In recent years the Qatar Museums Authority has created three high-profile museums in the capital, Doha, by the architects Jean Nouvel, I. M. Pei and Jean-François Bodin. But each of these projects—a new home for the National Museum of Qatar now under construction; the Museum of Islamic Art; and Mathaf: Arab Museum of Modern Art—is focused on regional art and artists. So experts expect that a good portion of the Western collection being amassed will become part of a new contemporary art institution in the country, though officials have yet to announce that.
The annual acquisition budgets of major museums typically amount to just a small fraction of what Qatar is spending. The Museum of Modern Art, for example, spent $32 million to acquire art for the fiscal year that ended in June 2012; the Metropolitan Museum of Art, $39 million.
While other gulf states like Abu Dhabi and Dubai are also trying to become cultural capitals, those two members of the United Arab Emirates have teamed up with existing institutions—namely the Louvre and the Guggenheim—to establish themselves. Qatar, meanwhile, is going it alone.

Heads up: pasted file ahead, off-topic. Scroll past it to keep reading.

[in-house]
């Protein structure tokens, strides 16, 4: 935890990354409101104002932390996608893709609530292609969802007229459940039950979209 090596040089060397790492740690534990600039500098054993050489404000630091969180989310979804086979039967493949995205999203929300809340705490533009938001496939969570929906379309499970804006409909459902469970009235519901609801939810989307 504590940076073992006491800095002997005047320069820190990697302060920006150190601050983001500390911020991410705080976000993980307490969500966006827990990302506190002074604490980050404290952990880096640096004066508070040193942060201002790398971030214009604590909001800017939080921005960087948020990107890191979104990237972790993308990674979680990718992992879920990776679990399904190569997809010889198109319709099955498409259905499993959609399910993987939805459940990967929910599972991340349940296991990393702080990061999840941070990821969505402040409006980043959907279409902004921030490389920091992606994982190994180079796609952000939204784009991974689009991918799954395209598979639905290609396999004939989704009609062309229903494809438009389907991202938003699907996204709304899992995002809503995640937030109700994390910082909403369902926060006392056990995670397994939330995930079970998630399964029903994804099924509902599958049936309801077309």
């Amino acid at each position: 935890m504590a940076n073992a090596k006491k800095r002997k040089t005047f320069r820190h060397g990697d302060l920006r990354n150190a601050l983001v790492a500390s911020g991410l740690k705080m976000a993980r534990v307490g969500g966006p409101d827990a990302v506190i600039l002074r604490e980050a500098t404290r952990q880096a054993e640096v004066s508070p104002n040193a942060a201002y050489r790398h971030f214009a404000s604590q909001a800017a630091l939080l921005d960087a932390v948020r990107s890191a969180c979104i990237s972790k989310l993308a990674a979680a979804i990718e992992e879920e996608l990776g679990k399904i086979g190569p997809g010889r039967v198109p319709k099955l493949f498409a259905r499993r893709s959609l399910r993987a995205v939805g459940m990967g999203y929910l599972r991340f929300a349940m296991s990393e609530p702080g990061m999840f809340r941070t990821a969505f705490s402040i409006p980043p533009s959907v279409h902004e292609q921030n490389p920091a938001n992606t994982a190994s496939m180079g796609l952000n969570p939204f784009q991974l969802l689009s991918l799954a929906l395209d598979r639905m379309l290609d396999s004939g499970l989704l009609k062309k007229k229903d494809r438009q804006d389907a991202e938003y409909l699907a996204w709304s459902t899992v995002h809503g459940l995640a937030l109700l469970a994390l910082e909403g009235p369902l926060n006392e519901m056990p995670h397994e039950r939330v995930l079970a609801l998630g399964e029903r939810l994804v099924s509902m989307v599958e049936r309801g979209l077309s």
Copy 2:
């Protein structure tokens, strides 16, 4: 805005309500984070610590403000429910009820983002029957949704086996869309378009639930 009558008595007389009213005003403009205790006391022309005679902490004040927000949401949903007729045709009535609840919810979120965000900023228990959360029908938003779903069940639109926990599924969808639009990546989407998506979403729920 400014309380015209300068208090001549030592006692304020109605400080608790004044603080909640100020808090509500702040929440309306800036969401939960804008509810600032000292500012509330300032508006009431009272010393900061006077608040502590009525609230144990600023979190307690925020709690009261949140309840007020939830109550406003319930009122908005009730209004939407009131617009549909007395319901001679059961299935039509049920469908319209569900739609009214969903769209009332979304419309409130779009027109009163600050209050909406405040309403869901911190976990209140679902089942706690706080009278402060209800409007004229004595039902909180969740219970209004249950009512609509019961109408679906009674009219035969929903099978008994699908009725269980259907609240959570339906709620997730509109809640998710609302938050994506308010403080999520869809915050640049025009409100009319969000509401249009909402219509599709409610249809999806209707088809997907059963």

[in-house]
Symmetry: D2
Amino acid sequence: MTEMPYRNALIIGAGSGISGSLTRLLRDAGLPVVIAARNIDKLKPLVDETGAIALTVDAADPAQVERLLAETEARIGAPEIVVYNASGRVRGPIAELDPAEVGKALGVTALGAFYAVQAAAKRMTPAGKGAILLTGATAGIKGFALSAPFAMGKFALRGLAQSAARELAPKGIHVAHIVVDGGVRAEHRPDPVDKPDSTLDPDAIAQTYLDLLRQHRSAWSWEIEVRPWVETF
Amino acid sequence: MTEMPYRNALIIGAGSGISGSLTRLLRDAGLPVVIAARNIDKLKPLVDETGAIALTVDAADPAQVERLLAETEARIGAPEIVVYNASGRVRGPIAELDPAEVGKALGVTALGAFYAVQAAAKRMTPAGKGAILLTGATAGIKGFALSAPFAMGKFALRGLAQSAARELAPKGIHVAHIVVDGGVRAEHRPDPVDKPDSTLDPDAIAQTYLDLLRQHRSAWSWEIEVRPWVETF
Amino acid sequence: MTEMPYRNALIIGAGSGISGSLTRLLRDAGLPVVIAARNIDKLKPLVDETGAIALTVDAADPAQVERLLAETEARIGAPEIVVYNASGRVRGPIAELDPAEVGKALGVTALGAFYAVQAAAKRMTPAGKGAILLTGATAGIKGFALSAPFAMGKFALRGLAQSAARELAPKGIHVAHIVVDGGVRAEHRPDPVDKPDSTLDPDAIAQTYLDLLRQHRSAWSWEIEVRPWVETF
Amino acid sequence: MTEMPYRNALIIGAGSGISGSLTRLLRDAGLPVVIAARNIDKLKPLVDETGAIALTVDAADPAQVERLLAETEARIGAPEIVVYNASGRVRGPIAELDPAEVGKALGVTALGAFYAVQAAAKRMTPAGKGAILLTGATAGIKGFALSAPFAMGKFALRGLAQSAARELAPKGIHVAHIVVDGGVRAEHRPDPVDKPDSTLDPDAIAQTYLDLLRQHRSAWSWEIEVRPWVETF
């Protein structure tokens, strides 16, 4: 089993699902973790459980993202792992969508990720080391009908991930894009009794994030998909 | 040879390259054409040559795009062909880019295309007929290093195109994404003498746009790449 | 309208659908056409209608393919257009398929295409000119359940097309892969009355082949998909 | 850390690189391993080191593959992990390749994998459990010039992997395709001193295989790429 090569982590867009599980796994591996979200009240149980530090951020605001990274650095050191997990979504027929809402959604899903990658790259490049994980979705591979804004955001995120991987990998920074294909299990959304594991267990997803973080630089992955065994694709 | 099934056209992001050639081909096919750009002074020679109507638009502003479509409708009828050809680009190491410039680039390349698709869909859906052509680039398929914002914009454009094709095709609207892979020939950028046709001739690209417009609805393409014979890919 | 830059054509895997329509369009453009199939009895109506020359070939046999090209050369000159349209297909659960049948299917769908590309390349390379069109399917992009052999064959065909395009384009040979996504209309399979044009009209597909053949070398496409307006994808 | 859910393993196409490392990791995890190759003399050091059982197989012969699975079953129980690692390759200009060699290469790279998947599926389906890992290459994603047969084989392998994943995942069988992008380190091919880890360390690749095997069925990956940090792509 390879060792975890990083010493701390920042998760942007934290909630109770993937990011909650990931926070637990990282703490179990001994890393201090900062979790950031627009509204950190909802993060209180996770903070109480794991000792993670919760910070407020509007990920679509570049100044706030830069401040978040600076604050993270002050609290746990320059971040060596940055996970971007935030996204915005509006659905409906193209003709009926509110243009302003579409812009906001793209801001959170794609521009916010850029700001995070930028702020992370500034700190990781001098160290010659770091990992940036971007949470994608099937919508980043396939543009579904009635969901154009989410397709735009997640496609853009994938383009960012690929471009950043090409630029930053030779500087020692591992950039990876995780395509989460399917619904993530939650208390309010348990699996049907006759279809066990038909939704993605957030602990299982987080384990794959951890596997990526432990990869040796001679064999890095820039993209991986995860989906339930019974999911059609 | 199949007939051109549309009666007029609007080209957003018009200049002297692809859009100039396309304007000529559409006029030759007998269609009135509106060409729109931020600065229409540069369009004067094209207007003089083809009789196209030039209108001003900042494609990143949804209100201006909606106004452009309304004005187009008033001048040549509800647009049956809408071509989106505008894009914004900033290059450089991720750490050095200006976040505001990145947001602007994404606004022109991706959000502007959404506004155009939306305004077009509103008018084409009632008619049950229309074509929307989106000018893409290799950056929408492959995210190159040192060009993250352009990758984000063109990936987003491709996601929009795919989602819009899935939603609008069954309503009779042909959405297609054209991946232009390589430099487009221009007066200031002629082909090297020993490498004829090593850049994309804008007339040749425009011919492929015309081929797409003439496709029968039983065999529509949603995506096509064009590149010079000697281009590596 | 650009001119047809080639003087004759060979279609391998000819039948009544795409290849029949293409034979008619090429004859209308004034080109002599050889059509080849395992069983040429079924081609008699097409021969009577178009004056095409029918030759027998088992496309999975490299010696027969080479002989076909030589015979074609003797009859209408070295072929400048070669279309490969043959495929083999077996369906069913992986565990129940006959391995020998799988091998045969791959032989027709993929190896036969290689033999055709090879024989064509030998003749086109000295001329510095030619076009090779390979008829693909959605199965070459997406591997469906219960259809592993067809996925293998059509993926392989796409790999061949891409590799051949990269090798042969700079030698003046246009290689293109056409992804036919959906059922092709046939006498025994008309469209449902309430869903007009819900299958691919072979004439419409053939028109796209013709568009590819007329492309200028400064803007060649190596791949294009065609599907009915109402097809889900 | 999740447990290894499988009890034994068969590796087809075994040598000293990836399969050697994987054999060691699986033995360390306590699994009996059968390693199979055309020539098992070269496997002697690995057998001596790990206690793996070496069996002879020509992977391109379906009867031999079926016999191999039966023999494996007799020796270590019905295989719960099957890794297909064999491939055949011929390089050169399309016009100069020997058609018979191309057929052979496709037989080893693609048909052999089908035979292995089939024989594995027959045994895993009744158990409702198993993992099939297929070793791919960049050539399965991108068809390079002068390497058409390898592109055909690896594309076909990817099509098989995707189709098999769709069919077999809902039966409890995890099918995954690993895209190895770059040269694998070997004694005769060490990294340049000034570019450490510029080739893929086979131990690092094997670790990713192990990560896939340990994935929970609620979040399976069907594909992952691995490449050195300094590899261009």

"They see themselves as an international center for many cultures," said Allen L. Keiswetter, a scholar at the Middle East Institute in Washington. "It establishes them as another reason to be a destination for travel, for business. If you want to attract people, you need to have a reason to go there."
Sheika al Mayassa declined to be interviewed for this article, but she has made limited remarks about the role art will play in Qatar's future.
"We are revising ourselves through our cultural institutions and cultural development," she said in a 2010 TED Talk. "Art becomes a very important part of our national identity."
In an interview that year with The New York Times, the sheika suggested that establishing art institutions might challenge Western preconceptions about Muslim societies.
"My father often says, in order to have peace, we need to first respect each other's cultures," she said. "And people in the West don't understand the Middle East. They come with Bin Laden in their heads."
Sheika al Mayassa appears to combine Western and Muslim influences. Sometimes she dresses like a stylish business executive; sometimes she wears a traditional black abaya, which covers everything but her round face. She speaks French and English as well as Arabic.
The sheika does not have a formal background in art history, having studied political science and literature at Duke University in North Carolina. Both she and her husband, Sheik Jassim bin Abdulaziz al-Thani, also did postgraduate work at Columbia University before returning to Qatar.